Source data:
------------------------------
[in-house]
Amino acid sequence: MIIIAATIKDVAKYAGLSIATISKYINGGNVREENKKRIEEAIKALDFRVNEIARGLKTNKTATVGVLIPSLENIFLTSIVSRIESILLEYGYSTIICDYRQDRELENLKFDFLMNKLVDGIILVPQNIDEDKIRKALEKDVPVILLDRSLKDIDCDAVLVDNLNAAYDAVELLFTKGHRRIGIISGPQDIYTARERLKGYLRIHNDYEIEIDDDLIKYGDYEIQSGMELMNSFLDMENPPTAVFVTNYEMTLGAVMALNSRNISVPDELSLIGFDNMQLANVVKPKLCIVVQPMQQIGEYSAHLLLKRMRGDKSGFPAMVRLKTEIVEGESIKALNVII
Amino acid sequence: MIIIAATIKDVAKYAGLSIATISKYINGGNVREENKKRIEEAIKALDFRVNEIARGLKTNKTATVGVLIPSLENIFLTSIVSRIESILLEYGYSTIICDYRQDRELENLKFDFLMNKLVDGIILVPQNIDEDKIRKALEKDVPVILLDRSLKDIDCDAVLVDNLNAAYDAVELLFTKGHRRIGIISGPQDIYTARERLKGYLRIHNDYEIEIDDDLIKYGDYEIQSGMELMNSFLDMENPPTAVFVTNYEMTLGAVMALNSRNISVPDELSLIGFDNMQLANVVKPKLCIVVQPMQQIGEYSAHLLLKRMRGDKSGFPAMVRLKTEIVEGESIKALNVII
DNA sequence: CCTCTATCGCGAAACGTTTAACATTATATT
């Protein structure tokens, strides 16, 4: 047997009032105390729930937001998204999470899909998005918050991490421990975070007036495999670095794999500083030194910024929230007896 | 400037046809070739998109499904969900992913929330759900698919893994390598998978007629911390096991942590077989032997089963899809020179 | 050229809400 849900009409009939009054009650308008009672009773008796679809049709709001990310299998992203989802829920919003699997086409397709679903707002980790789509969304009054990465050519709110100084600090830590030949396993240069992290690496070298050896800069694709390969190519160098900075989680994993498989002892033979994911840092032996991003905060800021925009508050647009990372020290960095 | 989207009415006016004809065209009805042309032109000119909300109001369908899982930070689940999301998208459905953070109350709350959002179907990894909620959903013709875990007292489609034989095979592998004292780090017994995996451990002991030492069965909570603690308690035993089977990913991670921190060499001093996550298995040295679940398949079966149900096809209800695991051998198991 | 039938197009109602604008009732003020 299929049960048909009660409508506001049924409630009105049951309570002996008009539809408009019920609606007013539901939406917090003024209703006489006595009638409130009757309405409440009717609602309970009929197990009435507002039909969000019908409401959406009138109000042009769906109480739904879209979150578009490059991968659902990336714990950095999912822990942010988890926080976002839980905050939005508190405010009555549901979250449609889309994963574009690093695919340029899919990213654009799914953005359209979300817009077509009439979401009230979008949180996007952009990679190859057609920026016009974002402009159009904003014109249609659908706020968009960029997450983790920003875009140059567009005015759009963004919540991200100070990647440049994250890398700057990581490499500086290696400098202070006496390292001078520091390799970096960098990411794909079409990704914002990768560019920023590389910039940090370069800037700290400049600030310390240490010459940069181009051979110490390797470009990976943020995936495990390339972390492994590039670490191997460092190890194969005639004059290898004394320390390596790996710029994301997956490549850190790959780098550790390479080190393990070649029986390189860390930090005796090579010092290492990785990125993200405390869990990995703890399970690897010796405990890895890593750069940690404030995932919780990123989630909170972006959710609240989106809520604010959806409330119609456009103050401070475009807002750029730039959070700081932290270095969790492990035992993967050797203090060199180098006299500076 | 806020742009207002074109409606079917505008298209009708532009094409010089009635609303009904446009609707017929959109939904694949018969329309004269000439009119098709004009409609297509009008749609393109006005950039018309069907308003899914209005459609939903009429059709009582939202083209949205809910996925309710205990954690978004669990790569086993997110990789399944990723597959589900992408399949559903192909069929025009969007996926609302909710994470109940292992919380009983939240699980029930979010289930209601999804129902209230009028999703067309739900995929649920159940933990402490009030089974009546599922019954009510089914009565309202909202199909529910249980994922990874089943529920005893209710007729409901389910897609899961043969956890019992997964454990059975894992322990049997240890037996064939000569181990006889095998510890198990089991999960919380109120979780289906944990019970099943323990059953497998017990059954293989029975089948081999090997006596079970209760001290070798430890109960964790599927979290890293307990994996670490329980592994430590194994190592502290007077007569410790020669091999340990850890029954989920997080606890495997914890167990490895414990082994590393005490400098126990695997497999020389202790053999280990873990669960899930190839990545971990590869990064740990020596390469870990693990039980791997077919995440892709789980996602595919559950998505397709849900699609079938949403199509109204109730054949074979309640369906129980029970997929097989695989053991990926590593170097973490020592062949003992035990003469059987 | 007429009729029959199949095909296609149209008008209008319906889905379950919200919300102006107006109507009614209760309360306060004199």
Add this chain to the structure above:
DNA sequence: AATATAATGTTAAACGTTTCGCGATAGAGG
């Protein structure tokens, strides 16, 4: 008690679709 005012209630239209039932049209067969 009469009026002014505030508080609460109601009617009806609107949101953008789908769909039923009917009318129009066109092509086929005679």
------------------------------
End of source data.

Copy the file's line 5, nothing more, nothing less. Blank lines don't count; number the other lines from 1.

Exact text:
């Protein structure tokens, strides 16, 4: 047997009032105390729930937001998204999470899909998005918050991490421990975070007036495999670095794999500083030194910024929230007896 | 400037046809070739998109499904969900992913929330759900698919893994390598998978007629911390096991942590077989032997089963899809020179 | 050229809400 849900009409009939009054009650308008009672009773008796679809049709709001990310299998992203989802829920919003699997086409397709679903707002980790789509969304009054990465050519709110100084600090830590030949396993240069992290690496070298050896800069694709390969190519160098900075989680994993498989002892033979994911840092032996991003905060800021925009508050647009990372020290960095 | 989207009415006016004809065209009805042309032109000119909300109001369908899982930070689940999301998208459905953070109350709350959002179907990894909620959903013709875990007292489609034989095979592998004292780090017994995996451990002991030492069965909570603690308690035993089977990913991670921190060499001093996550298995040295679940398949079966149900096809209800695991051998198991 | 039938197009109602604008009732003020 299929049960048909009660409508506001049924409630009105049951309570002996008009539809408009019920609606007013539901939406917090003024209703006489006595009638409130009757309405409440009717609602309970009929197990009435507002039909969000019908409401959406009138109000042009769906109480739904879209979150578009490059991968659902990336714990950095999912822990942010988890926080976002839980905050939005508190405010009555549901979250449609889309994963574009690093695919340029899919990213654009799914953005359209979300817009077509009439979401009230979008949180996007952009990679190859057609920026016009974002402009159009904003014109249609659908706020968009960029997450983790920003875009140059567009005015759009963004919540991200100070990647440049994250890398700057990581490499500086290696400098202070006496390292001078520091390799970096960098990411794909079409990704914002990768560019920023590389910039940090370069800037700290400049600030310390240490010459940069181009051979110490390797470009990976943020995936495990390339972390492994590039670490191997460092190890194969005639004059290898004394320390390596790996710029994301997956490549850190790959780098550790390479080190393990070649029986390189860390930090005796090579010092290492990785990125993200405390869990990995703890399970690897010796405990890895890593750069940690404030995932919780990123989630909170972006959710609240989106809520604010959806409330119609456009103050401070475009807002750029730039959070700081932290270095969790492990035992993967050797203090060199180098006299500076 | 806020742009207002074109409606079917505008298209009708532009094409010089009635609303009904446009609707017929959109939904694949018969329309004269000439009119098709004009409609297509009008749609393109006005950039018309069907308003899914209005459609939903009429059709009582939202083209949205809910996925309710205990954690978004669990790569086993997110990789399944990723597959589900992408399949559903192909069929025009969007996926609302909710994470109940292992919380009983939240699980029930979010289930209601999804129902209230009028999703067309739900995929649920159940933990402490009030089974009546599922019954009510089914009565309202909202199909529910249980994922990874089943529920005893209710007729409901389910897609899961043969956890019992997964454990059975894992322990049997240890037996064939000569181990006889095998510890198990089991999960919380109120979780289906944990019970099943323990059953497998017990059954293989029975089948081999090997006596079970209760001290070798430890109960964790599927979290890293307990994996670490329980592994430590194994190592502290007077007569410790020669091999340990850890029954989920997080606890495997914890167990490895414990082994590393005490400098126990695997497999020389202790053999280990873990669960899930190839990545971990590869990064740990020596390469870990693990039980791997077919995440892709789980996602595919559950998505397709849900699609079938949403199509109204109730054949074979309640369906129980029970997929097989695989053991990926590593170097973490020592062949003992035990003469059987 | 007429009729029959199949095909296609149209008008209008319906889905379950919200919300102006107006109507009614209760309360306060004199």